In October, Central Susquehanna Intermediate Unit (CSIU) Executive Director Dr. Kevin Singer confirmed the organization was looking to relocate the center from its current Lewisburg location to an annex building near CSIU’s main headquarters on Lawton Lane, Milton.
At the time, Singer noted CSIU employees working in the building would be shifting to telework or working out of CSIU’s main building.
The services were contracted at a cost not to exceed $92,500, to be drawn from the capital reserve budget.
CSIU Assistant Executive Director Dr. John Kurelja recently provided an update on the nursing center’s planned move to the annex building.
“Of late, we’ve been meeting internally with the director of the LPN center... to determine what the space needs are,” he said. “We’ve identified what those needs are.”
He hopes the move of the LPN center to the annex building will be completed by December.
“We’ve certainly seen and heard stories about delays (in renovation and construction projects) due to COVID and manufacturing times,” Kurelja noted.
“The most exciting part is, while COVID has been a significant challenge for everyone on the health front, it has provided us with the opportunity to work differently,” he added. “(We can) reduce the footprint (of individuals working in office space) so that we can bring the LPN center into our traditional footprint of square footage.”
Kurelja believes the center will successfully be relocated.
“I’m confident that it’s going to happen,” he said. “We are really excited about having them closer to the main building, and the proximity to the highway.
“It will be convenient for (students) to come to the center, and to grow the program.”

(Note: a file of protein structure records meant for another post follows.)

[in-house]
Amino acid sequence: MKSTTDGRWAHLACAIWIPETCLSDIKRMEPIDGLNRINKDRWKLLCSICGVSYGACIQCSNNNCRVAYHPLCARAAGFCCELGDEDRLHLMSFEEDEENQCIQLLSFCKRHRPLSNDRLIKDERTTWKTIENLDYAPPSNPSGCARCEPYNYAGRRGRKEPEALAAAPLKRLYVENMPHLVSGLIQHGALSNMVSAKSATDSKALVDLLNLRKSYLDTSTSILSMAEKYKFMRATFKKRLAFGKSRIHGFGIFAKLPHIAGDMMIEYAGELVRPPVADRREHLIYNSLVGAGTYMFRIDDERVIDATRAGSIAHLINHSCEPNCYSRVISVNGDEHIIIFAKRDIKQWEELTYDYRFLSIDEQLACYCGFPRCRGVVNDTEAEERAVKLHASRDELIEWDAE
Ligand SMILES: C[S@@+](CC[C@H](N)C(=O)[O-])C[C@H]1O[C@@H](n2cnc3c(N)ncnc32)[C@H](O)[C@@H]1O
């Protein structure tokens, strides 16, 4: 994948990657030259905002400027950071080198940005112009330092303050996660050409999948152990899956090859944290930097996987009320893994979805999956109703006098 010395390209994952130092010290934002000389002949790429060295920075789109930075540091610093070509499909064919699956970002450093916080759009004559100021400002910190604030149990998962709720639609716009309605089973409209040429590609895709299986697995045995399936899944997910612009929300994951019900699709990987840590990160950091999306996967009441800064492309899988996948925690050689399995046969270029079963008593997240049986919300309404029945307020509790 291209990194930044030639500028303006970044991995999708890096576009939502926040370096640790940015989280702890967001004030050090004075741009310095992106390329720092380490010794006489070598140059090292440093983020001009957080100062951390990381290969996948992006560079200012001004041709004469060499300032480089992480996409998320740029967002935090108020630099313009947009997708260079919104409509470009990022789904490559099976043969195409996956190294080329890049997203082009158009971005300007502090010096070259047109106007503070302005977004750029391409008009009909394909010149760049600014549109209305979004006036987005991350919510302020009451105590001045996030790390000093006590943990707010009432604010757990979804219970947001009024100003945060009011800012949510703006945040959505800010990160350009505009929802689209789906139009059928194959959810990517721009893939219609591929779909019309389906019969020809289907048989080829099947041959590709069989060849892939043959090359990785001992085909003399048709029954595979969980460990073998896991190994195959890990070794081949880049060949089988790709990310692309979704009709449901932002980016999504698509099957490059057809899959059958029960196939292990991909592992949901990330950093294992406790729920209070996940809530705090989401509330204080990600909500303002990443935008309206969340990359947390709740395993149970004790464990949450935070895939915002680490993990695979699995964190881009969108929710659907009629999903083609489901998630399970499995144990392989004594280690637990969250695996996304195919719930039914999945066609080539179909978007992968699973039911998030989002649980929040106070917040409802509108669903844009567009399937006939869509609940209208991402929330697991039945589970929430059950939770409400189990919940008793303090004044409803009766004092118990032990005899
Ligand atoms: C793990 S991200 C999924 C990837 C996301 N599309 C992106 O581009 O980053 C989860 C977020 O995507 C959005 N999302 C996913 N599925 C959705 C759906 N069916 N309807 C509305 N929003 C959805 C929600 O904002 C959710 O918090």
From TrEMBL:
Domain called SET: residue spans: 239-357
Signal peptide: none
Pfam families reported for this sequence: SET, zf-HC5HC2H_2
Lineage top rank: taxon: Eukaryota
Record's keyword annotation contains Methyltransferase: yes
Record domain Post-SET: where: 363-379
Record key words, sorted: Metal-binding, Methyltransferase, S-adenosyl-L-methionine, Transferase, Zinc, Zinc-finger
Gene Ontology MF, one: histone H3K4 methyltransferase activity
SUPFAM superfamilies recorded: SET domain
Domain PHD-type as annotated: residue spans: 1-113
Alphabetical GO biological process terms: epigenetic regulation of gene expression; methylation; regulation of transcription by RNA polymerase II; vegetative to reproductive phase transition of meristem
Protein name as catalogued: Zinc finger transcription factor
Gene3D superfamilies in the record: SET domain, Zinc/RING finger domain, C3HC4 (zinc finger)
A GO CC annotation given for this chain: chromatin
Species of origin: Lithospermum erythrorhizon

Singer previously noted the importance of having the LPN center located in close proximity to the Central Susquehanna Valley Transportation (CSVT) project. The northern section of the highway is expected to be completed in 2022.
By relocating the center to the annex building, there’s also room for expansion.
“Should there be a need, we have the space to grow, both in the (annex) and also with the land that we own in the cul-de-sac there,” Kurelja said. “There’s lots of opportunity to grow.”
Both Kurelja and LPN center Director Dr. Timothy Campbell noted that the program has been continuing to operate through the COVID-19 pandemic.
Campbell said the center has been holding virtual classes and clinical exercises since the onset of the pandemic in March.
“We had the opportunity to participate in a few clinical rotations in late summer,” Campbell said. “Due to rising COVID cases, we are again totally online.”
He noted that some students work in health care facilities and have provided care to COVID-19 patients. He said that’s one reason why it’s important for the school to hold virtual classes at this time.
“Our students have not had any direct care experience with COVID patients in their student roles,” Campbell said.
“We have had several agencies reach out to see if we would be willing to participate in (COVID-19) vaccination clinics, which we are willing to do,” he added. “(We) have not had any further communication related to specific dates.”